2. Applying Existing Theories of Movement to ‘People to Nature’

2.1. Migration Theory Applied to ‘People to Nature’

P2N could be explored using migration models (Table 2). Noting that migration has a range of definitions across different disciplines, migration can be defined as “the movement of a person or a group of persons, either across an international border…, or within a state…, encompassing any kind of movement of people, whatever its length, composition and causes ” [51]. Thus, migration can be used to describe movement, from short journeys to complete relocation of someone’s life, e.g., [52]. In terms of ES, this could be applied to people making trips to access services such as recreation in their local area (i.e., where their place of residence does not change but they are still moving across the landscape) [53]. It could also be applied to people making longer trips to access ES, for example several nights away camping [54]. It could also be applied to people moving house and basing their choice of location on the ES they can access there [52].
The push-pull-mooring (PPM) model of migration states that decisions to migrate are affected by three different groups of factors [55]. As discussed above, migration sometimes means to relocate one’s place of residence. In this case, push factors ‘push’ people away from one area, for example, a lack of jobs, violence, pollution and poor housing. Pull factors ‘pull’ people towards a different area, such as more job opportunities, better housing and better education opportunities. Mooring factors are influences that hinder the decision to migrate or the process of migrating, for example, financial cost, distance and family considerations. The push-pull-mooring model can also be applied to short-term migration (e.g., for accessing recreation opportunities). For example, a pull factor stated by visitors to parks and protected areas in Portugal was that the parks provided a space to do sports and outdoor activities [56]. Children can be a mooring factor when deciding where to go [57].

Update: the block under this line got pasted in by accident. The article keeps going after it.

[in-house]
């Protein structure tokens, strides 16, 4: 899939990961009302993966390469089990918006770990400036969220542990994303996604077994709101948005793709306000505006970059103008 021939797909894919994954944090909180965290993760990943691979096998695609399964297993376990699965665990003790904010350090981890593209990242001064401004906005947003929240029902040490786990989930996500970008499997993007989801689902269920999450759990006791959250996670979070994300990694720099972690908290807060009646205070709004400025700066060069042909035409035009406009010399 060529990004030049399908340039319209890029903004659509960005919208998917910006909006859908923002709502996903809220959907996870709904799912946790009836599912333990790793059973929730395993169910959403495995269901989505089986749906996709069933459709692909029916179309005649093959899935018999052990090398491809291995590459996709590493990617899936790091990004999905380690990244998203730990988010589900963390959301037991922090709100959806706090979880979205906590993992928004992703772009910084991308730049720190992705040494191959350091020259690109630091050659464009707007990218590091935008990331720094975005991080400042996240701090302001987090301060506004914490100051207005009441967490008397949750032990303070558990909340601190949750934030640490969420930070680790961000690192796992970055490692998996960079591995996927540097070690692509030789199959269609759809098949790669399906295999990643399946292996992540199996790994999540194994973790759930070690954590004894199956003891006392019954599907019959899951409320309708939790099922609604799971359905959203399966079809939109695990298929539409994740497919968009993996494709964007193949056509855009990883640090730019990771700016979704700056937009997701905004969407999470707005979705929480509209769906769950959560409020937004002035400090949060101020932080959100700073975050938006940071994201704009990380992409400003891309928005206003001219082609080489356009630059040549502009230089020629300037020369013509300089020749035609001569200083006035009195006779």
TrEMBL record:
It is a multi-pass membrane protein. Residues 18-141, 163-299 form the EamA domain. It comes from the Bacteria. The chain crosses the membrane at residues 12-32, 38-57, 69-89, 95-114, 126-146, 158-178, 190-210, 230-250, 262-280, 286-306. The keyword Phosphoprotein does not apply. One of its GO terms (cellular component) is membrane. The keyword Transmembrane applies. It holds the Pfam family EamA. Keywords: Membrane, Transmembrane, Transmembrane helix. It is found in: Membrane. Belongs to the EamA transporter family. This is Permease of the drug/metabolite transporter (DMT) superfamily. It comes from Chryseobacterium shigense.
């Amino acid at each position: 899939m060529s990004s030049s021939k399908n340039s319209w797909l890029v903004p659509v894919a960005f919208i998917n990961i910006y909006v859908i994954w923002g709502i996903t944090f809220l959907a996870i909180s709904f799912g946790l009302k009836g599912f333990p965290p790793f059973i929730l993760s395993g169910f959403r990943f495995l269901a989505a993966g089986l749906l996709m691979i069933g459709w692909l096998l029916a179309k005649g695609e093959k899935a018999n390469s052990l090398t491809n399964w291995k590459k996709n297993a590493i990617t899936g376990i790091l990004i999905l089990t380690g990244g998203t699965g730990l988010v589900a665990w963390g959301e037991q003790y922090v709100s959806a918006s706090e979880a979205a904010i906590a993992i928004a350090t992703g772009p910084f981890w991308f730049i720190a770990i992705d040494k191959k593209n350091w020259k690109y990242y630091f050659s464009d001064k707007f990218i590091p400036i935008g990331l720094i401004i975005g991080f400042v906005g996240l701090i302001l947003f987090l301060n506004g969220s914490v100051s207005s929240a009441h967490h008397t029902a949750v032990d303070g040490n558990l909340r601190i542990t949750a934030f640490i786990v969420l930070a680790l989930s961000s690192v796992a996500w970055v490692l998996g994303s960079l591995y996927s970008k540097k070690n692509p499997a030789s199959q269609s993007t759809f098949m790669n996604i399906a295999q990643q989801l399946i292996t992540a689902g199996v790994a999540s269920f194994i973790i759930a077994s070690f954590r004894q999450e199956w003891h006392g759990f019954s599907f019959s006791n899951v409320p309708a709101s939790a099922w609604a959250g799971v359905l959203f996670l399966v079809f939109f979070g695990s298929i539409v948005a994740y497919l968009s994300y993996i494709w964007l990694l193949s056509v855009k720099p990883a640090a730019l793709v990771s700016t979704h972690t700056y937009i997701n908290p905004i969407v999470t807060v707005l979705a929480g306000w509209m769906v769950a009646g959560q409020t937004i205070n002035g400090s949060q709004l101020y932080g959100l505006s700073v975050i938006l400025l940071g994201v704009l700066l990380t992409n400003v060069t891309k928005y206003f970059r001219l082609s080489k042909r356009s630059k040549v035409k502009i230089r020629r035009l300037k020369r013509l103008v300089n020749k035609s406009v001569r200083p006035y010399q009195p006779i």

As well as migration itself, the PPM is used to understand consumer choices and ‘switching behaviour’ between one service provider and another, such as social media platforms [58] and airline companies [59]. In these cases, push factors include high price, inconvenience, poor-quality service and a lack of trust in the company. A more attractive alternative that offers solutions to these problems pulls people away from their original service provider. Mooring factors include the financial cost and effort of switching and social factors [59]. As this theory is useful in understanding how people choose between one economic/IT service and another, the same theory might shed light on how people choose between two different ways/locations for accessing ESs.
The inverse distance model [36] is based on the idea that distance represents some kind of friction or cost, so that people will access opportunities closer to their starting point. The further they go, the greater the cost in terms of time and money. An increase in travel cost has been shown to have a negative effect on people’s willingness to make a journey [57,60]. Increases in the cost to access a location both in terms of time and money might be linear or the increases might be proportional jumps, such as having to switch transport modes or stay overnight because the intended location is so far away [37]. These proportional jumps might represent ‘cut-off points’ where people are no longer able to access a service or area because it is too expensive for them.
The inverse distance model is used in health care to explore how many people can access services [54]. In health care, access can be considered based on how many people can access services within a specified distance or time limit from where they live, and on the ratio of services to the population [61]. This approach considers the concept of ‘geographical access’, i.e., literally how far away a resource is, and the effective or perceived access, which consider other factors such as financial, social and cultural factors [54]. These concepts could be applied to accessing ESs too. A recreation opportunity could be close by but may be expensive to access, thus rendering it effectively inaccessible for some groups. People may make longer journeys for longer lasting and more rewarding activities. The longer stay or better experience balances the additional cost of travelling further. For example, overnight visitors to National Parks in Germany travelled 3.5 times the distance of non-local day visitors [37]. The parks that received the most overnight visitors were those in harder-to-access locations in the mountains [37]. As a further example, households in Malawi were found to have a greater reliance on forest products to supplement their income the closer they lived to a forest. The further away from the forest they lived, the less rewarding the products were for the cost to obtain them [62].